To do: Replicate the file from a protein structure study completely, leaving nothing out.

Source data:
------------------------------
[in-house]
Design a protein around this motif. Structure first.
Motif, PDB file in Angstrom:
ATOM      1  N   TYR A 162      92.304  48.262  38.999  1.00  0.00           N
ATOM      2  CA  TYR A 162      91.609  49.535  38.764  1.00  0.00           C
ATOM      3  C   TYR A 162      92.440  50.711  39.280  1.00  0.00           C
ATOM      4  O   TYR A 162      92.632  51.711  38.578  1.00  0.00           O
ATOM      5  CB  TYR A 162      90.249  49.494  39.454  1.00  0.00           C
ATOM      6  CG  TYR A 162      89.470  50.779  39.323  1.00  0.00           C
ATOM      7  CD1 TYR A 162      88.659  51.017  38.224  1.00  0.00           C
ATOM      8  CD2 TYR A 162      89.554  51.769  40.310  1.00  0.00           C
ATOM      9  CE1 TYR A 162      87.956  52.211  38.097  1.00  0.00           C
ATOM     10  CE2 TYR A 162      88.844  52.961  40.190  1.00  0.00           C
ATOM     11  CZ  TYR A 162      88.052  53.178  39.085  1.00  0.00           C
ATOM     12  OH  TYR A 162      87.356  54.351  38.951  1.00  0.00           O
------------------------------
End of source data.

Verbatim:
[in-house]
Design a protein around this motif. Structure first.
Motif, PDB file in Angstrom:
ATOM      1  N   TYR A 162      92.304  48.262  38.999  1.00  0.00           N
ATOM      2  CA  TYR A 162      91.609  49.535  38.764  1.00  0.00           C
ATOM      3  C   TYR A 162      92.440  50.711  39.280  1.00  0.00           C
ATOM      4  O   TYR A 162      92.632  51.711  38.578  1.00  0.00           O
ATOM      5  CB  TYR A 162      90.249  49.494  39.454  1.00  0.00           C
ATOM      6  CG  TYR A 162      89.470  50.779  39.323  1.00  0.00           C
ATOM      7  CD1 TYR A 162      88.659  51.017  38.224  1.00  0.00           C
ATOM      8  CD2 TYR A 162      89.554  51.769  40.310  1.00  0.00           C
ATOM      9  CE1 TYR A 162      87.956  52.211  38.097  1.00  0.00           C
ATOM     10  CE2 TYR A 162      88.844  52.961  40.190  1.00  0.00           C
ATOM     11  CZ  TYR A 162      88.052  53.178  39.085  1.00  0.00           C
ATOM     12  OH  TYR A 162      87.356  54.351  38.951  1.00  0.00           O